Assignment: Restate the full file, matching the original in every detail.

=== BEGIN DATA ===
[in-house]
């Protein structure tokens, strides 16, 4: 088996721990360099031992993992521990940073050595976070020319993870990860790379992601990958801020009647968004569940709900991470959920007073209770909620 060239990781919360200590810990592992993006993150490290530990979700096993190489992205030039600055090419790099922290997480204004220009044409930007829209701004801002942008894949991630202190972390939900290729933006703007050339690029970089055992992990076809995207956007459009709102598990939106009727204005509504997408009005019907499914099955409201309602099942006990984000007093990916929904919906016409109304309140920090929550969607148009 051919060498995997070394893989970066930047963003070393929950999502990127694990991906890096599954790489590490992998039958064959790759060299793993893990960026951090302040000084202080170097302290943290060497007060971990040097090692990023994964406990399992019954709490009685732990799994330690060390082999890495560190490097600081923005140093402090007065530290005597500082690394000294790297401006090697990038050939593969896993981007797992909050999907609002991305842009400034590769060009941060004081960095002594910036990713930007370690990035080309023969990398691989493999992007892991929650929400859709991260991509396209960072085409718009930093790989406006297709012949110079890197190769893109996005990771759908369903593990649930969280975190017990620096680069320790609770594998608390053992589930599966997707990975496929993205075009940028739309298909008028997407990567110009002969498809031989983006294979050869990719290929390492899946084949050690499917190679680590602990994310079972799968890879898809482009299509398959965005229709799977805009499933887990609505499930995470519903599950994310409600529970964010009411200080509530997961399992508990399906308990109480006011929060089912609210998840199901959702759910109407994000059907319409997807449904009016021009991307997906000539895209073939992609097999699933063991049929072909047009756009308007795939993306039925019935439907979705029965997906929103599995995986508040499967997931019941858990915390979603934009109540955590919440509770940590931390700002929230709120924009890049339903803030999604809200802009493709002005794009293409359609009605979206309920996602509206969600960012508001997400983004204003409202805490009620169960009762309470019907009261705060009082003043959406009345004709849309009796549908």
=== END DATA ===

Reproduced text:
[in-house]
């Protein structure tokens, strides 16, 4: 088996721990360099031992993992521990940073050595976070020319993870990860790379992601990958801020009647968004569940709900991470959920007073209770909620 060239990781919360200590810990592992993006993150490290530990979700096993190489992205030039600055090419790099922290997480204004220009044409930007829209701004801002942008894949991630202190972390939900290729933006703007050339690029970089055992992990076809995207956007459009709102598990939106009727204005509504997408009005019907499914099955409201309602099942006990984000007093990916929904919906016409109304309140920090929550969607148009 051919060498995997070394893989970066930047963003070393929950999502990127694990991906890096599954790489590490992998039958064959790759060299793993893990960026951090302040000084202080170097302290943290060497007060971990040097090692990023994964406990399992019954709490009685732990799994330690060390082999890495560190490097600081923005140093402090007065530290005597500082690394000294790297401006090697990038050939593969896993981007797992909050999907609002991305842009400034590769060009941060004081960095002594910036990713930007370690990035080309023969990398691989493999992007892991929650929400859709991260991509396209960072085409718009930093790989406006297709012949110079890197190769893109996005990771759908369903593990649930969280975190017990620096680069320790609770594998608390053992589930599966997707990975496929993205075009940028739309298909008028997407990567110009002969498809031989983006294979050869990719290929390492899946084949050690499917190679680590602990994310079972799968890879898809482009299509398959965005229709799977805009499933887990609505499930995470519903599950994310409600529970964010009411200080509530997961399992508990399906308990109480006011929060089912609210998840199901959702759910109407994000059907319409997807449904009016021009991307997906000539895209073939992609097999699933063991049929072909047009756009308007795939993306039925019935439907979705029965997906929103599995995986508040499967997931019941858990915390979603934009109540955590919440509770940590931390700002929230709120924009890049339903803030999604809200802009493709002005794009293409359609009605979206309920996602509206969600960012508001997400983004204003409202805490009620169960009762309470019907009261705060009082003043959406009345004709849309009796549908």